How can you sell more ice cream?

packshots of ice cream and detergent and the increase in salesThe answer is simple: improve the design of your packages and images to make them more inclusive. But it seems corporates are slow to change their approaches to design, instead preferring to stay with “tried and true” methods. The Inclusive Design Team at the University of Cambridge has been working on this issue for 15 years. They have come up with a three key components that help persuade businesses to think about their product and label designs from a different perspective. The title of the paper is, “Using Inclusive Design to Drive Usability Improvements Through to Implementation”. The article can be found on ResearchGate.  or a book chapter in Breaking Down Barriers, a SpringerLink publication. The image shows the rise in sales after changing the pack-shot with Mini-Magnums increasing by 24%.

Abstract: There are compelling reasons to improve usability and make designs more inclusive, but it can be a challenge to implement these changes in a corporate environment. This paper presents some ways to address this in practice based on over 15 years experience of inclusive design work with businesses. It suggests that a successful persuasive case can be built with three key components: a proof-of-concept prototype, an experience that enables the stakeholders to engage personally with the issues and quantitative evidence demonstrating the impact of a potential change. These components are illustrated in this paper using a case study that was conducted with Unilever to improve the images used in e-commerce. The ice cream brand, Magnum is one of Unilever’s billion-dollar brands that implemented these changes. During an 8-week live trial, comparing the old and new images, the new images experienced a sales increase of 24%.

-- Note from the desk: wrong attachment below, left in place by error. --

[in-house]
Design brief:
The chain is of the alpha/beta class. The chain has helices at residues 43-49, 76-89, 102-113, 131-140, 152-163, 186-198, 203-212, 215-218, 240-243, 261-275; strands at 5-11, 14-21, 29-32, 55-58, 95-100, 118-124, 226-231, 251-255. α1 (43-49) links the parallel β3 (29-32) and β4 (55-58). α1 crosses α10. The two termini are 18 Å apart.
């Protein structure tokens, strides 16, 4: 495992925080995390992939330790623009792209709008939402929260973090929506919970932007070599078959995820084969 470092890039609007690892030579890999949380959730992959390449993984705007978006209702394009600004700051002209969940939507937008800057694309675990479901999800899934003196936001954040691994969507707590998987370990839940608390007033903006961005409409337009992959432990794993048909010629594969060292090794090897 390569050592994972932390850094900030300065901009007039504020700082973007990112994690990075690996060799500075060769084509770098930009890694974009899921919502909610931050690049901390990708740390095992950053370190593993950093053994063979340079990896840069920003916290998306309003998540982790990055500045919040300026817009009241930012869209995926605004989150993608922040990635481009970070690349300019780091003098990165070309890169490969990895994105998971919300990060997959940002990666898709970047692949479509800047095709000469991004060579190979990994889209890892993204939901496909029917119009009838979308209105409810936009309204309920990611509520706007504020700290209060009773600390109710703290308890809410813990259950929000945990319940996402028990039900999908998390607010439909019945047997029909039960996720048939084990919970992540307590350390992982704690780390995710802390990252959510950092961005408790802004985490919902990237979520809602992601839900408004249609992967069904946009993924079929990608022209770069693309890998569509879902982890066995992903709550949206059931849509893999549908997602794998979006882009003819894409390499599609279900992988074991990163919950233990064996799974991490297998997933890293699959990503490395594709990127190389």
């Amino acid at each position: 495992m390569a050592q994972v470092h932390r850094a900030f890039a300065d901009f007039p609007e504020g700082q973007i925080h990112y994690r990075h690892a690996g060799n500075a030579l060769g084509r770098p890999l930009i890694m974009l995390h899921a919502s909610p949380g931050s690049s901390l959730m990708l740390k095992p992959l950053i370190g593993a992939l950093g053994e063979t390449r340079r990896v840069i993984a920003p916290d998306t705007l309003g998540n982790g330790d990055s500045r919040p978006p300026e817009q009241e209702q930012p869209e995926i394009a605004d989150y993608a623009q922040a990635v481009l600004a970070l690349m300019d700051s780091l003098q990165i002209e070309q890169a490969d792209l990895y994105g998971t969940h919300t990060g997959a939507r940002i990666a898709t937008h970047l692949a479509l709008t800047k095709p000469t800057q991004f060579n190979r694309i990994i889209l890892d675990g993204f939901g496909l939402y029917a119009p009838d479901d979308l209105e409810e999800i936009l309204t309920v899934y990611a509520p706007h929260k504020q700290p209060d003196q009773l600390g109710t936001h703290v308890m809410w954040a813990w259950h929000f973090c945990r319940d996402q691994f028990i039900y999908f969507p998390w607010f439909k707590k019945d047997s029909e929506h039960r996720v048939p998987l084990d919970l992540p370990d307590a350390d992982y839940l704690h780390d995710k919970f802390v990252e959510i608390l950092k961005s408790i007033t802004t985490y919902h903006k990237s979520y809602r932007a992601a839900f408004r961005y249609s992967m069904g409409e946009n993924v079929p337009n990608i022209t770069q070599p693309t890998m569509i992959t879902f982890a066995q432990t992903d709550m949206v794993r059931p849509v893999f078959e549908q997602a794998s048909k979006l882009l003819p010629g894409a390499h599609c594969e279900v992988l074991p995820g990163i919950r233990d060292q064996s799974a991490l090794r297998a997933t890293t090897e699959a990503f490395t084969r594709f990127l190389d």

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Another look at missed business

Close up of a a man's hand holding a wallet with some bank notes sticking out.Champions of universal design are often told that to effect change you need a good economic argument. Several such arguments have been written, but have met with little success in terms of gaining greater acceptance of universal design and inclusive practice. Shops, buses, buildings, hotels, meeting places, schools, parks, tourist destinations, and homes still remain inaccessible to many. The tourism sector has recognised that telling hotels and holiday businesses that they are missing out on a significant market is not sufficient of itself to make change. What is needed is more “How to…”.  The latest publication  discussing economics, is on the purchasing power of working age people with disability. It travels over familiar ground with the latest statistics, facts and figures relative to the United States. It compares the disposable income of people with and without disability and with Front cover of the reportdifferent disabilities, and goes on to discuss the data from a marketing perspective.

The full title of the paper is, A Hidden Market: The Purchasing Power of Working-Age Adults with Disabilities, by  Yin, Shaewitz, Overton & Smith. Published by the American Institutes for Research. You can download from Researchgate

Note: The economics of universal design in housing by Smith, Rayer, Smith (2008) is an excellent example of economists applying their skills to a social problem. Nothing has changed yet.

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